Why a Strengths-Based Culture Builds Corporate Muscle

November 16 2017 | by Kristi Weierbach, Ph.D., SPHR, SHRM-SCP, FPC

Have you sat through an annual performance assessment process where you were lucky enough to have a spotlight put on your weaknesses? Of-course you have! The performance assessment process has long been a dreaded yearly event, a process that supervisors view as just one more task to check off their to-do list. Supervisors meet with employees to talk about the things they “need to approve on” in the upcoming year, and may or may not connect this message to specific actions that will position the employee for success. Who could get excited about this?

I firmly believe that this is one area holding companies back from truly being successful. You can’t put fertilizer on rotten fruit and expect it to turn ripe again, so why would you try to cultivate the weaknesses of employees? It is disheartening to see leaders who dominate, control and make employees feel bad about themselves. It is so much more encouraging to work with leaders who empower, nurture, and mentor employees so they can be the best version of themselves. The Gallup organization has spent decades researching and understanding strengths, validating how effective a strengths-based culture can be.

The “Why” Behind A Strengths-Focus

In their 2015 Strengths Meta-Analysis, Gallup studied over 49,000 businesses including over 1 million employees for the effects of strengths-based interventions. Overall, 90% of the companies saw performance increases in profit and engagement of both employees and clients. They further found that when managers focus on strengths, up to 67% of employees are considered engaged, rather than the worldwide average of approximately only 10% of employees. When people are enabled to play to their strengths, they feel more successful and motivated.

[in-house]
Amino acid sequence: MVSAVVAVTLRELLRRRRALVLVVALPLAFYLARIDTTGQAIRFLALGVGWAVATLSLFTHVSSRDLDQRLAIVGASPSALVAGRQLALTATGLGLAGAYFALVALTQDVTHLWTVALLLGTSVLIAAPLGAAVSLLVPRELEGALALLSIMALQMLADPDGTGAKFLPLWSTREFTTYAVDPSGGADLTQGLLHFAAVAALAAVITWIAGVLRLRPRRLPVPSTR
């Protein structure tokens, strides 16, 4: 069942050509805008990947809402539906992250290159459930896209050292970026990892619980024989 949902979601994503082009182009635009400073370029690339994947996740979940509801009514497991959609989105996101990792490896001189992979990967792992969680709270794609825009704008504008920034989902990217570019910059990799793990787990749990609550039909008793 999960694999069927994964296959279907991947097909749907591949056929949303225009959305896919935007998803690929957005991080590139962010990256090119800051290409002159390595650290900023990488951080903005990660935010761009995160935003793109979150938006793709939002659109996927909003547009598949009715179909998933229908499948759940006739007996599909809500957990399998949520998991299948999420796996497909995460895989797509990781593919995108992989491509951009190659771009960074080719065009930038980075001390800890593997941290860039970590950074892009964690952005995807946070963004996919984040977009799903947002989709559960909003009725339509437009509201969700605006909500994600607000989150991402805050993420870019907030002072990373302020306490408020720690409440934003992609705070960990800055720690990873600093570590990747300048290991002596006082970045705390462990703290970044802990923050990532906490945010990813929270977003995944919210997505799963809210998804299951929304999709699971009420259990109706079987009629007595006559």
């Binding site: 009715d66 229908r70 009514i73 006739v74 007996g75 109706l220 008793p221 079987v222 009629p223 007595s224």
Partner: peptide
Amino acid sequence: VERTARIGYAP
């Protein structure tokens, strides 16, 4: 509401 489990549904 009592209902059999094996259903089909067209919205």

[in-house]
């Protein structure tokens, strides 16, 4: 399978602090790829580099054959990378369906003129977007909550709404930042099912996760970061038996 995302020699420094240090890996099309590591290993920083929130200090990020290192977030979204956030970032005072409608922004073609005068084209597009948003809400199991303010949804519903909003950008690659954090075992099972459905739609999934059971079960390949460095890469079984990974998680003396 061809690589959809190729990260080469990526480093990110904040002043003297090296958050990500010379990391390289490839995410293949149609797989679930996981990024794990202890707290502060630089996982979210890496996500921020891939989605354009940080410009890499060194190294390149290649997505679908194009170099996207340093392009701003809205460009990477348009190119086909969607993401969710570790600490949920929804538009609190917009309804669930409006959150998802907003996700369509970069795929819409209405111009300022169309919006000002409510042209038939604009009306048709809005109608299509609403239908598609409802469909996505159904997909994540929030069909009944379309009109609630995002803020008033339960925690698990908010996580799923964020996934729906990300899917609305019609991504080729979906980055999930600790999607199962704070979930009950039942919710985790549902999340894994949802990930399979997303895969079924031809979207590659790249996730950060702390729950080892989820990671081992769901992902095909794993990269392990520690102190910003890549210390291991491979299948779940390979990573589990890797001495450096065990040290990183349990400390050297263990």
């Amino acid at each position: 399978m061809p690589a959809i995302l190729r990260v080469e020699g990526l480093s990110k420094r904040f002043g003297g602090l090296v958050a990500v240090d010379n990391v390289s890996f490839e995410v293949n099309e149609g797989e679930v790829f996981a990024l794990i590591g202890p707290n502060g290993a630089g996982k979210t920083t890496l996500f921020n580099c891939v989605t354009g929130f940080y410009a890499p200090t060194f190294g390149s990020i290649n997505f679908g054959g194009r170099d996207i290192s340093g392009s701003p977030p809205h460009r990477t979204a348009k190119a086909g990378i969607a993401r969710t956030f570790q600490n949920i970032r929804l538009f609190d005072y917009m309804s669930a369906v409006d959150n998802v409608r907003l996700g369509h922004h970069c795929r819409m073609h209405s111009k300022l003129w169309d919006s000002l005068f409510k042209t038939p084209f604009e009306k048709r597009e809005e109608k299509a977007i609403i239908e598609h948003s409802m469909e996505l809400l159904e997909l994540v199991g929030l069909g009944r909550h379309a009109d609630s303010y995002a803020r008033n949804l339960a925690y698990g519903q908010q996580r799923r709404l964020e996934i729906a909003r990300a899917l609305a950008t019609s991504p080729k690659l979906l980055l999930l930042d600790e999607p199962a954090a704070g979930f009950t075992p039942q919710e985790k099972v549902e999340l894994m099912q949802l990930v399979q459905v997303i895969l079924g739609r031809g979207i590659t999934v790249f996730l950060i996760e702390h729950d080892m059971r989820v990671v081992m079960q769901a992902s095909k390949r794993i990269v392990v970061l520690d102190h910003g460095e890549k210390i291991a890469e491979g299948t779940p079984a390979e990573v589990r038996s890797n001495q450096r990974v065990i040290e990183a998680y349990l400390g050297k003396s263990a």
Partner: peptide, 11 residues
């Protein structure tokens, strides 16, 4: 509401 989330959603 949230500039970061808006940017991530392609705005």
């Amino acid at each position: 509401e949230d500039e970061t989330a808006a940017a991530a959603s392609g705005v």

Gallup has identified 34 individual strengths, and using an assessment will prioritize the list of strengths for each person. It is the combination of the top five strengths that can significantly help you understand not only yourself but others as well. As a leader, this has been invaluable for assisting people in utilizing their strengths and assigning tasks that a team member is naturally passionate about. By embracing a strengths-based culture, companies can establish and sustain a competitive advantage in the war for talent. An introduction to a strengths-based environment can be life-changing for an individual.

Why NOT Focus on Strengths?

The alternative to focusing on strengths is to continue to do what you have always done. How effective or successful has that been for you? If you have already mastered culture, accountability, and engagement, then there is no need to change your leadership style or the culture you embrace. If you already lean on another type of personality or behavior model that is working well, then it may not make sense to switch models. If, however, your organization is struggling with behavior issues, unmotivated employees, and are not positioned for growth it is time to disrupt your workforce in a positive way!

Join Katie Nix (Stambaugh Ness’ Certified Strengths Coach) and I to learn more about how to implement a strengths-based culture.

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